Editors' ChoiceClimate Change

Greening the Antarctic

See allHide authors and affiliations

Science  02 Jun 2017:
Vol. 356, Issue 6341, pp. 919-920
DOI: 10.1126/science.356.6341.919-c

Antarctic moss banks show increased biological activity consistent with the effects of warming temperatures.


The ecological consequences of climate change in the polar regions are becoming increasingly evident. A study in the Antarctic now shows how terrestrial vegetation may be responding to rising temperatures. Amesbury et al. analyzed peat cores spanning the past 150 years from moss banks in the western Antarctic Peninsula. Multiple proxies in the cores—including carbon isotope discrimination, populations of testate amoebae, and the balance of moss growth and decomposition—are indicative of an increase in biological activity over the past 50 years, coinciding with the increasing rate of temperature rise. This activity is likely to lead to further greening in the Antarctic, as is already evident in Arctic landscapes.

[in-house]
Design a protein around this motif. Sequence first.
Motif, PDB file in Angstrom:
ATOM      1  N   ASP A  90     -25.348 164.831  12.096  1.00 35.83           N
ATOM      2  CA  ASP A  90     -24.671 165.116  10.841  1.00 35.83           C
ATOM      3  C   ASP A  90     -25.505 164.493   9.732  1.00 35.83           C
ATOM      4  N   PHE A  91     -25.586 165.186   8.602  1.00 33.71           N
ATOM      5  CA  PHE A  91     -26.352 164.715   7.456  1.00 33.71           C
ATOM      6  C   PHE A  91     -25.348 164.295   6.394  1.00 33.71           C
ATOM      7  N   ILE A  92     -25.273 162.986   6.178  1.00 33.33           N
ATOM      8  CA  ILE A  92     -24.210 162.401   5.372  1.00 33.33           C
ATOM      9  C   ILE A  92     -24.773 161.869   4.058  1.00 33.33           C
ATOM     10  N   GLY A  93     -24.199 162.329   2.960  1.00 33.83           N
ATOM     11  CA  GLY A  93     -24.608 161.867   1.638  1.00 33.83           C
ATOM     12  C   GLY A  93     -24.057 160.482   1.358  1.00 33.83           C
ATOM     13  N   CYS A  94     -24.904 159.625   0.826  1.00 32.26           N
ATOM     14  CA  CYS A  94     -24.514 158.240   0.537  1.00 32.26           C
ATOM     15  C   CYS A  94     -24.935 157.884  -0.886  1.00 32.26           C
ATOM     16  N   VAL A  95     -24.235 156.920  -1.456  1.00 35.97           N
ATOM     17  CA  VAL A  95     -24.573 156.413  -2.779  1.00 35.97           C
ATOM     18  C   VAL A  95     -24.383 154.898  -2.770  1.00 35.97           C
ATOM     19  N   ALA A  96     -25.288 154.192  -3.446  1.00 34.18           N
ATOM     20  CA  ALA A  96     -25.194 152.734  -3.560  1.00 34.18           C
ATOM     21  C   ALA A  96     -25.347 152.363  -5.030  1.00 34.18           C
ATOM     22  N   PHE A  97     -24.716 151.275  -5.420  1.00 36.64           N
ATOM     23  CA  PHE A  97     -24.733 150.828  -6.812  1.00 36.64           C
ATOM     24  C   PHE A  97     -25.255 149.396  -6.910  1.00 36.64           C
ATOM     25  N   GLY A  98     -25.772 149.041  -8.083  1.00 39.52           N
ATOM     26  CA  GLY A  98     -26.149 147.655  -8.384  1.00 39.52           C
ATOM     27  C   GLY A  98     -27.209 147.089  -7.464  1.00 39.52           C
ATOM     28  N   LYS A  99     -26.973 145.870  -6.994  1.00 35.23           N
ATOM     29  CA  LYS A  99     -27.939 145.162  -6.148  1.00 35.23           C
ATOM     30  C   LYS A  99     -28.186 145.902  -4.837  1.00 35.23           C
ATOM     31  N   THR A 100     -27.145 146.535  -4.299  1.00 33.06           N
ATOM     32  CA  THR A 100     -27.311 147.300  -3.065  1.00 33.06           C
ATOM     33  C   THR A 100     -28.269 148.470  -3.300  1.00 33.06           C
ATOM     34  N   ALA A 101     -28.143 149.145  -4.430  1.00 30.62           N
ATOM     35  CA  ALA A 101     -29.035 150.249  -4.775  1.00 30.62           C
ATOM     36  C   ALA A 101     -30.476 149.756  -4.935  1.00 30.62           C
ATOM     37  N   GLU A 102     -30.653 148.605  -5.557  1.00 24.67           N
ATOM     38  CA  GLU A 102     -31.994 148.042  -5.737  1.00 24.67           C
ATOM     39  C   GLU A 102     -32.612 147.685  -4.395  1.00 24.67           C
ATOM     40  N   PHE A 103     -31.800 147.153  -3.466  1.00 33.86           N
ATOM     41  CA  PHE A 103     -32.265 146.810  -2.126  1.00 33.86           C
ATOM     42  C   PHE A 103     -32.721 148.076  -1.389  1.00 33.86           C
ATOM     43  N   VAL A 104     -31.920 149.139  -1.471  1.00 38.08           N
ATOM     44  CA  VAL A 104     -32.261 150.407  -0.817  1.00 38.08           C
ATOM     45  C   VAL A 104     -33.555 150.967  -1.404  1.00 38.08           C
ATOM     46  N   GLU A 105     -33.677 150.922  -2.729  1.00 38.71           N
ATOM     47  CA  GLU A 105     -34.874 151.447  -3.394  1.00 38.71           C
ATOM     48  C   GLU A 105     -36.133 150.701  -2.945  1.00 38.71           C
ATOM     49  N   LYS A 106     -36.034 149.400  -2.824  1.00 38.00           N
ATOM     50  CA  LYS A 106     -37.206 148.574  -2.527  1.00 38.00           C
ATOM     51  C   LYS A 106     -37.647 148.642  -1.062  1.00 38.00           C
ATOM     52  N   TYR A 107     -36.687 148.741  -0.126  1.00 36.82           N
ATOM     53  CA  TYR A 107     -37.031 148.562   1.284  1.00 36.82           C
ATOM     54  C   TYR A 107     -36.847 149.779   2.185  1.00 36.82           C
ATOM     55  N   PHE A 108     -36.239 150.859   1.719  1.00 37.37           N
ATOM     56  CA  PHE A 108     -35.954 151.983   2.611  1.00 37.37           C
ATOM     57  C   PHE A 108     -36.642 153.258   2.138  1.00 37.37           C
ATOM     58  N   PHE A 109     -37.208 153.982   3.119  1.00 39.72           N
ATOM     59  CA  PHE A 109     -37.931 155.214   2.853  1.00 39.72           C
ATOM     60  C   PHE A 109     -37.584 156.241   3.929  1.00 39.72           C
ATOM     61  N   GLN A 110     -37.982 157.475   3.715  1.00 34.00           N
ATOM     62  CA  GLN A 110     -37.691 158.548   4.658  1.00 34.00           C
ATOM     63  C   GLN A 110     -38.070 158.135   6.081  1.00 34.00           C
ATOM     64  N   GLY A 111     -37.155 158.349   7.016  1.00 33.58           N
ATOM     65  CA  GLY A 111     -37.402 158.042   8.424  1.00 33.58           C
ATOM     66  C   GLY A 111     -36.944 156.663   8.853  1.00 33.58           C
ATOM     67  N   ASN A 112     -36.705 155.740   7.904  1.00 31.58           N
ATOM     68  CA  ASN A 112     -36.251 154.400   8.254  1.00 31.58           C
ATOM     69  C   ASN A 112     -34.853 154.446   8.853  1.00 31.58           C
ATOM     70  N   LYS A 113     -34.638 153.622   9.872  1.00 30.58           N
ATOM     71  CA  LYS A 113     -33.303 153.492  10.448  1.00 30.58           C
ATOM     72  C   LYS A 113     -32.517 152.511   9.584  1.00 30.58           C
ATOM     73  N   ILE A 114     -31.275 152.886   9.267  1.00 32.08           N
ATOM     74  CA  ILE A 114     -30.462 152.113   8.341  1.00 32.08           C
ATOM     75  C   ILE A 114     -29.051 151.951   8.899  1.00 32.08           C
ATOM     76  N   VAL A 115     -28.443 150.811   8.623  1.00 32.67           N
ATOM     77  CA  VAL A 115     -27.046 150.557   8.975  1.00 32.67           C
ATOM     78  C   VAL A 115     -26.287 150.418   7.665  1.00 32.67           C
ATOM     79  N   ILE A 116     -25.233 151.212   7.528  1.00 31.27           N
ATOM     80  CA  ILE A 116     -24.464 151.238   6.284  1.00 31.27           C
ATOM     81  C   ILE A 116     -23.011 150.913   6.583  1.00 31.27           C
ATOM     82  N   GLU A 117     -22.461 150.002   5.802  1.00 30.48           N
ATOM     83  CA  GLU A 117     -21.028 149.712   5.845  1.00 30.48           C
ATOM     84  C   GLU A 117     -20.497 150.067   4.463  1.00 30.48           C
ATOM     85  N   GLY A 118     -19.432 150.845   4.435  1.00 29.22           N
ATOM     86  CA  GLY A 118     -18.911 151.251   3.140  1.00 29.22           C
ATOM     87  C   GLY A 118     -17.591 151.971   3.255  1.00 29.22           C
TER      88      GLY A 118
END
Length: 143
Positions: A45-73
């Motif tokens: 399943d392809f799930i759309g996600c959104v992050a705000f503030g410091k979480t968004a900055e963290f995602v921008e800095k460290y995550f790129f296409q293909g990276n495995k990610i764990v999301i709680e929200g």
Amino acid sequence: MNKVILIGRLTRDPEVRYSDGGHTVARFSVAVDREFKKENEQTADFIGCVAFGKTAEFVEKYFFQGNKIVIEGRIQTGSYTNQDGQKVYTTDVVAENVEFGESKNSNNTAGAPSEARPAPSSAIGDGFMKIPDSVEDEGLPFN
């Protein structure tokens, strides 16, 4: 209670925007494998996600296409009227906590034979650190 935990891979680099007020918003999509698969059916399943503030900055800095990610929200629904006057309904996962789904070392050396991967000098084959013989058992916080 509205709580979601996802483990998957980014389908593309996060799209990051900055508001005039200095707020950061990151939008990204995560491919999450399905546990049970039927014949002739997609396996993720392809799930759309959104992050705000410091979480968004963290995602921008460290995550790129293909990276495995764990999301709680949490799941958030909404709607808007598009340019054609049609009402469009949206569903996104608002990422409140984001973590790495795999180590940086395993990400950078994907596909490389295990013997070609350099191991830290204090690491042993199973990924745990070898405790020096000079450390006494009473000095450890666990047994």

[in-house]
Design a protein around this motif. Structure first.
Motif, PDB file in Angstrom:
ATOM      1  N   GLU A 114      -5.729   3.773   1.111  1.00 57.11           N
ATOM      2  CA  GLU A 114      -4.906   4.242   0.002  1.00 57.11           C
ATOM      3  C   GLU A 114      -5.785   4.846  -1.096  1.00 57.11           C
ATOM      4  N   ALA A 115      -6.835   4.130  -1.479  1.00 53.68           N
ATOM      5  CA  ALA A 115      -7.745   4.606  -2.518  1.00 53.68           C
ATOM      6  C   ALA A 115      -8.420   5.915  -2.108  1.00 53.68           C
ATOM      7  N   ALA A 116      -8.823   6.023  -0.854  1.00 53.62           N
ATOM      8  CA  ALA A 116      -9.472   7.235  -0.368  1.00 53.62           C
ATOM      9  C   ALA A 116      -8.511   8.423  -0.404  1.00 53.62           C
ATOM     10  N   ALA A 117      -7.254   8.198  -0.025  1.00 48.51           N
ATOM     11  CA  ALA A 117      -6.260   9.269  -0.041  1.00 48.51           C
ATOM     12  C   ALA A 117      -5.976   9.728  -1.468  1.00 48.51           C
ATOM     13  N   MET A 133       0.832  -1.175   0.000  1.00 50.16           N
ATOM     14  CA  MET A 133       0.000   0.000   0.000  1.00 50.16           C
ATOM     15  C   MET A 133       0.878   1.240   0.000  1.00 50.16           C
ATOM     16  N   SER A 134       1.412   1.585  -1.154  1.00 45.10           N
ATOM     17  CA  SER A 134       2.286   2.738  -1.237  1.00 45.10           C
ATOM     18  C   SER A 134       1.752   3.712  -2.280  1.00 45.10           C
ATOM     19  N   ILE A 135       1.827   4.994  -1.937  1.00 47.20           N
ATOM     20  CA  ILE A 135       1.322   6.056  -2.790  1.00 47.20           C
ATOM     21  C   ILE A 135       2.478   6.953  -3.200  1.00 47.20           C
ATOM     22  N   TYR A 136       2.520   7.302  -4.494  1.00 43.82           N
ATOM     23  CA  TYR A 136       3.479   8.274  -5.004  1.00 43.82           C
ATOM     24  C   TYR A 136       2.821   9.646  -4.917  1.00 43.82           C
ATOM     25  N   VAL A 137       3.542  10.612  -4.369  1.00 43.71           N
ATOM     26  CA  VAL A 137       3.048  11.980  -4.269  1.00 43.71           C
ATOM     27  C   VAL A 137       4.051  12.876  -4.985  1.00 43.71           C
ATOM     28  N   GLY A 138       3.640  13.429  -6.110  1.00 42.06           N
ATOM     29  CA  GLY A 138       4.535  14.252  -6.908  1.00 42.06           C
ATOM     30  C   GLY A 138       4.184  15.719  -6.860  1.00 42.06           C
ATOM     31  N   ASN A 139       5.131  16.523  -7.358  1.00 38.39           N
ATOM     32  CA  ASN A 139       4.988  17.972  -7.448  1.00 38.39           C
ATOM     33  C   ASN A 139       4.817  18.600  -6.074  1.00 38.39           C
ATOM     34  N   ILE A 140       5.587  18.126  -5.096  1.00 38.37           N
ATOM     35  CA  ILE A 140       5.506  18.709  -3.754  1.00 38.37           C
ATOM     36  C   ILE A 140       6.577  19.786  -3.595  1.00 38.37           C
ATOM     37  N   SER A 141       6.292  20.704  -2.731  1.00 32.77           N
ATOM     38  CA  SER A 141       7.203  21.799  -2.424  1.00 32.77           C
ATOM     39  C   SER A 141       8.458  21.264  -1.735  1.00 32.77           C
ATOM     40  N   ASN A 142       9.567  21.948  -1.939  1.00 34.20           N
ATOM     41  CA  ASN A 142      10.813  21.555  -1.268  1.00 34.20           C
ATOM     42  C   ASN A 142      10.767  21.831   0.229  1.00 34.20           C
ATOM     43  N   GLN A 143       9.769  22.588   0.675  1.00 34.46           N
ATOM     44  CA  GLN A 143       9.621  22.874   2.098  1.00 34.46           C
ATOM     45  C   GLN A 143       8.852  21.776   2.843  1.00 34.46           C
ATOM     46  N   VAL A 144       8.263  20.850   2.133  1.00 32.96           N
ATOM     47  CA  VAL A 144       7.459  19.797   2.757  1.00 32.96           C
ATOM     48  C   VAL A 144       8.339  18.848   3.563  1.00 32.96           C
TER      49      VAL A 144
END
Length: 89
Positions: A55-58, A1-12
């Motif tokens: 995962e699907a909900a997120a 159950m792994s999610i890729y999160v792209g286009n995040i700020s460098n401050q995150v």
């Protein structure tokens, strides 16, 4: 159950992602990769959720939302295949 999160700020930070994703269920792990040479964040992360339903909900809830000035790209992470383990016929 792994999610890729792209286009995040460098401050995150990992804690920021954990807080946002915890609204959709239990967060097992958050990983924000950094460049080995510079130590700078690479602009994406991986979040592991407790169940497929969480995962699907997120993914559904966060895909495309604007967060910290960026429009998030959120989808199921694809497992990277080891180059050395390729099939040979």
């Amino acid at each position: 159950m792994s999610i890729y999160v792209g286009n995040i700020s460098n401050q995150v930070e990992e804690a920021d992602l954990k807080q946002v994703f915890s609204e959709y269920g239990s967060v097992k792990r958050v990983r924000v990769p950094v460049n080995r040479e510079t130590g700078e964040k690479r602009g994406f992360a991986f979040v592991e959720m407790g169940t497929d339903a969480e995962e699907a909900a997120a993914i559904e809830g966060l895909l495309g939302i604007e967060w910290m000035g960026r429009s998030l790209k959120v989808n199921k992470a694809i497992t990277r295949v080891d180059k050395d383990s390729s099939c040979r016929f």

Curr. Biol. 27, 1 (2017).

Navigate This Article